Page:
Carbohydrates get a bad rap in the world today, but how much of what you hear about carbs is actually true? Should you really avoid carbs if you are trying to lose weight? If not, how many carbs should you actually have?
What Are Carbohydrates?
Carbs are sugar molecules that you ingest through your diet for energy and they are the fuel your body prefers to use the most.
- Monosaccharides- single molecule sugars
- Disaccharides- made up of two monosaccharides
- sucrose- composed of glucose and fructose. Also known as table sugar.
- lactose- composed of glucose and galactose and most commonly found in milk.
- maltose- composed of two glucose molecules and is frequently found in sport nutrition products.
- Oligosaccharides- contain between 3 and 10 monosaccharides and are found in legumes, onions and banana
- Polysaccharides – contain more than 10 monosaccharides
- glycogen- storage form of glucose in humans. The body breaks down glycogen into glucose when needed to use it as energy when you need it, for example, if you decide to go for a run.
- starch- storage form of carbohydrates in plants. These are found in vegetables, legumes, wheat and barley
- Fiber- not digested or absorbed by the body but has a ton of benefits!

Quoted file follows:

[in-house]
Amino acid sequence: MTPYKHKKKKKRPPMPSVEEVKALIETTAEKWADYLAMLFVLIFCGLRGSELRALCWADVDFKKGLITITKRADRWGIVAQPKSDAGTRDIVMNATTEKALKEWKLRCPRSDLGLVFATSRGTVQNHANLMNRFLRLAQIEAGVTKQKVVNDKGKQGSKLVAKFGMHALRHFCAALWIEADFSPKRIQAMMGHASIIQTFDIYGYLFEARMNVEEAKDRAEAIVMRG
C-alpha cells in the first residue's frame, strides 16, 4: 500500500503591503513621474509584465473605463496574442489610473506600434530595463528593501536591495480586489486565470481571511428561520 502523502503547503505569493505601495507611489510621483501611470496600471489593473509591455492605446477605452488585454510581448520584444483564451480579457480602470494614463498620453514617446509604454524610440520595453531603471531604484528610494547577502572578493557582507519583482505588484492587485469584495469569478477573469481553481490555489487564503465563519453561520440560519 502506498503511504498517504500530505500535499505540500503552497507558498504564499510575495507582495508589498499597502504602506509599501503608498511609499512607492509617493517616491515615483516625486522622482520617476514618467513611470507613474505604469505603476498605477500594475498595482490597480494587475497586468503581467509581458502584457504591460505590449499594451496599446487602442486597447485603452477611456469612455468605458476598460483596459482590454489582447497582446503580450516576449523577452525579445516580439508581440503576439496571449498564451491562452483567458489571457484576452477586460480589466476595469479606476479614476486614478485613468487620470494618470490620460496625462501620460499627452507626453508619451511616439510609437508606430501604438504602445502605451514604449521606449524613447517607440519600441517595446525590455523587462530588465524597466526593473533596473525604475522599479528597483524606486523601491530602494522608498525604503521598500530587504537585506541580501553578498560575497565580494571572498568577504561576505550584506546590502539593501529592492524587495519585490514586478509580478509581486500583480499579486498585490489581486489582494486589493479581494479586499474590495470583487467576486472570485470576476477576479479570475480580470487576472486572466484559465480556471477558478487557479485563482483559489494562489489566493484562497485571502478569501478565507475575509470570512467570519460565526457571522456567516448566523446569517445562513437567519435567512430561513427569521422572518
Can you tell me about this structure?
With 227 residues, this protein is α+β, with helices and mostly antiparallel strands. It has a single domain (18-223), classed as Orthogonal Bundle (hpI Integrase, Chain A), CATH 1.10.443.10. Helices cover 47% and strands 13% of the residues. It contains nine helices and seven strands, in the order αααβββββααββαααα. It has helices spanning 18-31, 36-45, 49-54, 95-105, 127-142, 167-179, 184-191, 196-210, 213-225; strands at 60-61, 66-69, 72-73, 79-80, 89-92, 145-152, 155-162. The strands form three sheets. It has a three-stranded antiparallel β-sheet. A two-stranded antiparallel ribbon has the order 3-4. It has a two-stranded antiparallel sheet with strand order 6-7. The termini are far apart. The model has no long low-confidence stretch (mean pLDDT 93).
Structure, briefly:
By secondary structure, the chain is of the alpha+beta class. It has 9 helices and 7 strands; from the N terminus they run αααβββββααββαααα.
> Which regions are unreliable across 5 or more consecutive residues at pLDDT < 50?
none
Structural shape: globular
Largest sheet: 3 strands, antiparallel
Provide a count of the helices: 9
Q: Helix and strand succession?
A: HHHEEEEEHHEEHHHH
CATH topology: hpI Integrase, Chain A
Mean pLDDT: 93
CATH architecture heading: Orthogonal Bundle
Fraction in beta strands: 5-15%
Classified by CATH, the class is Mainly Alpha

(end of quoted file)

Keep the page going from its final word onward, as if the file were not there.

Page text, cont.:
Understanding The Glycemic Index
The Glycemic Index is a system that organizes carbohydrates by their rate and speed of absorption. What does that mean?
Simple and refined carbohydrates will be absorbed into the blood stream quickly and run through the body quickly also. When a person eats simple carbohydrates (like white bread, for example) they will experience a surge of energy (usually referred to as the “sugar rush”) and less than an hour later, as the sugar leaves their system, they will feel tired and hungry again.
Complex carbs and foods with plenty of fiber will give that same person more energy for a prolonged period of time on the same caloric intake.
Foods higher on the Glycemic Index move through the body quickly and those lower on the Glycemic Index are digested and absorbed more slowly.
You want to eat the carbs that are lowest on the Glycemic Index. Glycemic Indexes of 55 or below are considered low and Glycemic Indexes of 70 or above are considered high.
Are Carbs Bad For My Health?
This is a tricky question. Carbs are technically neither good nor bad.
You can eat a low carbohydrate diet with no major health issues. That being said, many low carbohydrate diets are incredibly high in saturated fat. Diets high in saturated fat (usually found in animal proteins) often lead to high cholesterol and heart disease.
Many carbohydrates like fruit, vegetables and whole grains are full of amazing health benefits including aiding in weight loss. The most important aspect to eating carbs is finding the right ones to eat.
Basic Rules for Safe Carb Eating
- Stick to the carbs in veggies, fruit, legumes, barley and whole wheat and steer clear of processed carbs
- Eat plenty of fiber
- If you are looking to lose weight, stop eating carbs at 3pm
- Exercise to deplete your glycogen stores
- The RDA for carb consumption is 130 g per day for adults and children